Modern Mechanix’s Cover from Painting to Magazine (Jan, 1935)

MM’S Cover from Painting to Magazine

Three photo negatives are made of 21″x30″ oil painting (below). At same time screen of 133 dots to inch is placed between plate and lens. On one negative all but blue color is filtered out, second all but red, and third yellow. Proof of type for the cover is photographed. Type on negative is masked for drawing.

George Rozen, MM’s cover artist, makes an outline of this month’s cover from a sketch supplied by the editor. He makes a small color rough to get tone values, then completes oil painting.

Three color plates (left) each of which makes a separate color impression on finished cover are needed- Photo print is made on copper plate of type, over which red negative is superimposed for red plate. Plate is etched, acid eating metal where there is little or no red. Shading is obtained by varying size of screen dots. Use magnifying glass on cover to see these. Black Is obtained by piling three colors on top of each other. Register marks line up plates for proofs. Electrotypes for presses are then made from lead mold of copper plates for the actual printing.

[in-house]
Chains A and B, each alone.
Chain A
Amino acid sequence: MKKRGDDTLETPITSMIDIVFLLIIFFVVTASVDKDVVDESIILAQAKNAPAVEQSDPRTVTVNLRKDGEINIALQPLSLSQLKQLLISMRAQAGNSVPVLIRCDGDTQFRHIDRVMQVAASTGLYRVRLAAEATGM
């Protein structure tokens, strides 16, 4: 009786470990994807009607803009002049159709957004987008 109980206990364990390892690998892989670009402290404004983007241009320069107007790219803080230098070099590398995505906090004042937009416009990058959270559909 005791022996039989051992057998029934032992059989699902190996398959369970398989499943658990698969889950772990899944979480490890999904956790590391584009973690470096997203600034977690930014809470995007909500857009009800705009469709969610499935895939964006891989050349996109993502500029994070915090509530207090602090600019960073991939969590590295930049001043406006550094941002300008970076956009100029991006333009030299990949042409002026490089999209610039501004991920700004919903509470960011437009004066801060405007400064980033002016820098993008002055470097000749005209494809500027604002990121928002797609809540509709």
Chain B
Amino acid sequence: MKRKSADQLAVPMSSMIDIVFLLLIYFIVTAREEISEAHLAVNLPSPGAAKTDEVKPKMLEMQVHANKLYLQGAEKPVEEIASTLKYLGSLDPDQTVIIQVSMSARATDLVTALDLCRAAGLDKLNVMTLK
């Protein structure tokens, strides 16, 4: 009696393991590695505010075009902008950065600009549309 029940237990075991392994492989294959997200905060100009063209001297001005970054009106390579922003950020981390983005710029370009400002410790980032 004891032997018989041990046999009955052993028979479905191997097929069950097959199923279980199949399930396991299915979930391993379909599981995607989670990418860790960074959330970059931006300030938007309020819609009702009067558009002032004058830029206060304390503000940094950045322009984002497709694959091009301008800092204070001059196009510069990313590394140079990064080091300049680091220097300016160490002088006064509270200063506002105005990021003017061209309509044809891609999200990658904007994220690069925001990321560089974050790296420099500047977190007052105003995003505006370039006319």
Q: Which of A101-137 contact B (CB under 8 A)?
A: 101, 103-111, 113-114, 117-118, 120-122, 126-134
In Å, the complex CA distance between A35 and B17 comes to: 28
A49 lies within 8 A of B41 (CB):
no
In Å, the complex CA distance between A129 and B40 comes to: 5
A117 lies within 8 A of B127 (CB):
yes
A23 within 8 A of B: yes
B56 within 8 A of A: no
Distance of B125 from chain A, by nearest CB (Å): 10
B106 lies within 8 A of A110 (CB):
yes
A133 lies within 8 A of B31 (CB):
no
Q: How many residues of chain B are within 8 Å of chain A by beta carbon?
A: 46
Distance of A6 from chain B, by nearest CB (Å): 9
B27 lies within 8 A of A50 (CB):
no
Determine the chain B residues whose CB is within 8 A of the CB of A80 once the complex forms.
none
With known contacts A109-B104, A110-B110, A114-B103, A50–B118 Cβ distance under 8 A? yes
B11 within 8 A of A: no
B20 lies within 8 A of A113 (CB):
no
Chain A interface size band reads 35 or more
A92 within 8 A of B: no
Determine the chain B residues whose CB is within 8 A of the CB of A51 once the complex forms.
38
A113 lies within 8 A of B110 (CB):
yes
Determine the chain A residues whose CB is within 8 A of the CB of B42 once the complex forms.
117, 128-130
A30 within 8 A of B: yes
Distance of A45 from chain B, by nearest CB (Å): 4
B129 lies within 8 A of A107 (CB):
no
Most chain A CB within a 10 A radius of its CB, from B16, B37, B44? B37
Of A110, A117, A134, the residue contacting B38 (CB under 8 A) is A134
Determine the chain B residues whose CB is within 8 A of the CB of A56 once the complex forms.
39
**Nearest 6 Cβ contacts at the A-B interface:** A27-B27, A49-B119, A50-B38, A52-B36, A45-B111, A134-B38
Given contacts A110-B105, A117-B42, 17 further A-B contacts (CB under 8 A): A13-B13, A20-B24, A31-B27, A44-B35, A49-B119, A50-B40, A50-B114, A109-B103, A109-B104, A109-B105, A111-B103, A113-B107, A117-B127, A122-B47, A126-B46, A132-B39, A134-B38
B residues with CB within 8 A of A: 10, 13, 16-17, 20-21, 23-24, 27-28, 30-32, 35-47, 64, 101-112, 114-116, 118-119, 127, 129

1. galessa says: March 6, 20075:36 am

    amazing there was no CMYK by those days!

  2. altwegg says: March 6, 20076:49 am

    Actually, this is exactly how CMYK was done in those days (and up until very recently.)
    C = cyan (a shade of blue)
    M = magenta (a shade of red)
    Y = yellow
    K = black (which the article doesn’t mention)

    Color separations until very recently were a black art and those that were good were highly paid and sought after by printers and color houses. Nowadays, anyone with the scratch to buy Photoshop can claim to do color separations, but it’s still a skill to do them well.

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